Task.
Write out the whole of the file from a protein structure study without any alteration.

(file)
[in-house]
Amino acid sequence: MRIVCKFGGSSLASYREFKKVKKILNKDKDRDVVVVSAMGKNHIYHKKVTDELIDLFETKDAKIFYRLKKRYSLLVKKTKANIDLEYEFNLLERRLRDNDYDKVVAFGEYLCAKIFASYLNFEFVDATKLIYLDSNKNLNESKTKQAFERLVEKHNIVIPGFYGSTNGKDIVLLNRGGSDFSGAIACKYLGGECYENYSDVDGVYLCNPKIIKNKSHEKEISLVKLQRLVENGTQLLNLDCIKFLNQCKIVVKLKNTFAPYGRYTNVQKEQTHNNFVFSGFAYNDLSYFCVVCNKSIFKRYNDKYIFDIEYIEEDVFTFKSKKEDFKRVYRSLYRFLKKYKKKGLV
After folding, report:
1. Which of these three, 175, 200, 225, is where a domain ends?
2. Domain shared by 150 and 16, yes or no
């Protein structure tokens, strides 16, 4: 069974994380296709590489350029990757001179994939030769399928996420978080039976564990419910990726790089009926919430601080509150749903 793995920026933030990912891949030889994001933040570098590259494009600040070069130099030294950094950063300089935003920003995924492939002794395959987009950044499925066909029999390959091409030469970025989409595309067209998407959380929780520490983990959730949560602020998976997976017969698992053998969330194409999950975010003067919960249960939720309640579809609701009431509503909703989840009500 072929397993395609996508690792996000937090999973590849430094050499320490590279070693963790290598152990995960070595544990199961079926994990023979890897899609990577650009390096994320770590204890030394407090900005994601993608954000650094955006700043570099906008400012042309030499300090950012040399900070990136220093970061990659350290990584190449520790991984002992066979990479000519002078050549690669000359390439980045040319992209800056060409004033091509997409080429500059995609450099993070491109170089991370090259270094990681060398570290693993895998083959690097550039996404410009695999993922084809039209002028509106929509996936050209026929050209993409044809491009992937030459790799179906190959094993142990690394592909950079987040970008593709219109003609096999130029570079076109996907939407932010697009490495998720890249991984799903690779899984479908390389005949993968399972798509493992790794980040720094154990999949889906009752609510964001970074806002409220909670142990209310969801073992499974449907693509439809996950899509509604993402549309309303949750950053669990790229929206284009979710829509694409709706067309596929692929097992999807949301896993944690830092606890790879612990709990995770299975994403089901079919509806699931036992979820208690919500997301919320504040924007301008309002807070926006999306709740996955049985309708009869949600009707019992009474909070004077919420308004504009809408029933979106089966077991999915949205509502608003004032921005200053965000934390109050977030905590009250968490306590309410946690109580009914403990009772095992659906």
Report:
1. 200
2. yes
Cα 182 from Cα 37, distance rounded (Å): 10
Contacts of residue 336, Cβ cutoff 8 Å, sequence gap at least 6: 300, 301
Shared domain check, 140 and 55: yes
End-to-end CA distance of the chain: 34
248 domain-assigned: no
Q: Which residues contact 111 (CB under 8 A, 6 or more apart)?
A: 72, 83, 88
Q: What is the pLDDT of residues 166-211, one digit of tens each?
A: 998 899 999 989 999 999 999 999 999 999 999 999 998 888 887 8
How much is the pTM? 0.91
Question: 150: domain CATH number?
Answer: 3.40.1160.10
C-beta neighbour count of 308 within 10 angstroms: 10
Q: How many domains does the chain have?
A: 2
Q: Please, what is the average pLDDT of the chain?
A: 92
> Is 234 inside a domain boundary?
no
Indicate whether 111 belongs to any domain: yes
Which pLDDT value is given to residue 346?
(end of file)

[in-house]
Amino acid sequence: MRIVCKFGGSSLASYREFKKVKKILNKDKDRDVVVVSAMGKNHIYHKKVTDELIDLFETKDAKIFYRLKKRYSLLVKKTKANIDLEYEFNLLERRLRDNDYDKVVAFGEYLCAKIFASYLNFEFVDATKLIYLDSNKNLNESKTKQAFERLVEKHNIVIPGFYGSTNGKDIVLLNRGGSDFSGAIACKYLGGECYENYSDVDGVYLCNPKIIKNKSHEKEISLVKLQRLVENGTQLLNLDCIKFLNQCKIVVKLKNTFAPYGRYTNVQKEQTHNNFVFSGFAYNDLSYFCVVCNKSIFKRYNDKYIFDIEYIEEDVFTFKSKKEDFKRVYRSLYRFLKKYKKKGLV
After folding, report:
1. Which of these three, 175, 200, 225, is where a domain ends?
2. Domain shared by 150 and 16, yes or no
């Protein structure tokens, strides 16, 4: 069974994380296709590489350029990757001179994939030769399928996420978080039976564990419910990726790089009926919430601080509150749903 793995920026933030990912891949030889994001933040570098590259494009600040070069130099030294950094950063300089935003920003995924492939002794395959987009950044499925066909029999390959091409030469970025989409595309067209998407959380929780520490983990959730949560602020998976997976017969698992053998969330194409999950975010003067919960249960939720309640579809609701009431509503909703989840009500 072929397993395609996508690792996000937090999973590849430094050499320490590279070693963790290598152990995960070595544990199961079926994990023979890897899609990577650009390096994320770590204890030394407090900005994601993608954000650094955006700043570099906008400012042309030499300090950012040399900070990136220093970061990659350290990584190449520790991984002992066979990479000519002078050549690669000359390439980045040319992209800056060409004033091509997409080429500059995609450099993070491109170089991370090259270094990681060398570290693993895998083959690097550039996404410009695999993922084809039209002028509106929509996936050209026929050209993409044809491009992937030459790799179906190959094993142990690394592909950079987040970008593709219109003609096999130029570079076109996907939407932010697009490495998720890249991984799903690779899984479908390389005949993968399972798509493992790794980040720094154990999949889906009752609510964001970074806002409220909670142990209310969801073992499974449907693509439809996950899509509604993402549309309303949750950053669990790229929206284009979710829509694409709706067309596929692929097992999807949301896993944690830092606890790879612990709990995770299975994403089901079919509806699931036992979820208690919500997301919320504040924007301008309002807070926006999306709740996955049985309708009869949600009707019992009474909070004077919420308004504009809408029933979106089966077991999915949205509502608003004032921005200053965000934390109050977030905590009250968490306590309410946690109580009914403990009772095992659906």
Report:
1. 200
2. yes
Cα 182 from Cα 37, distance rounded (Å): 10
Contacts of residue 336, Cβ cutoff 8 Å, sequence gap at least 6: 300, 301
Shared domain check, 140 and 55: yes
End-to-end CA distance of the chain: 34
248 domain-assigned: no
Q: Which residues contact 111 (CB under 8 A, 6 or more apart)?
A: 72, 83, 88
Q: What is the pLDDT of residues 166-211, one digit of tens each?
A: 998 899 999 989 999 999 999 999 999 999 999 999 998 888 887 8
How much is the pTM? 0.91
Question: 150: domain CATH number?
Answer: 3.40.1160.10
C-beta neighbour count of 308 within 10 angstroms: 10
Q: How many domains does the chain have?
A: 2
Q: Please, what is the average pLDDT of the chain?
A: 92
> Is 234 inside a domain boundary?
no
Indicate whether 111 belongs to any domain: yes
Which pLDDT value is given to residue 346?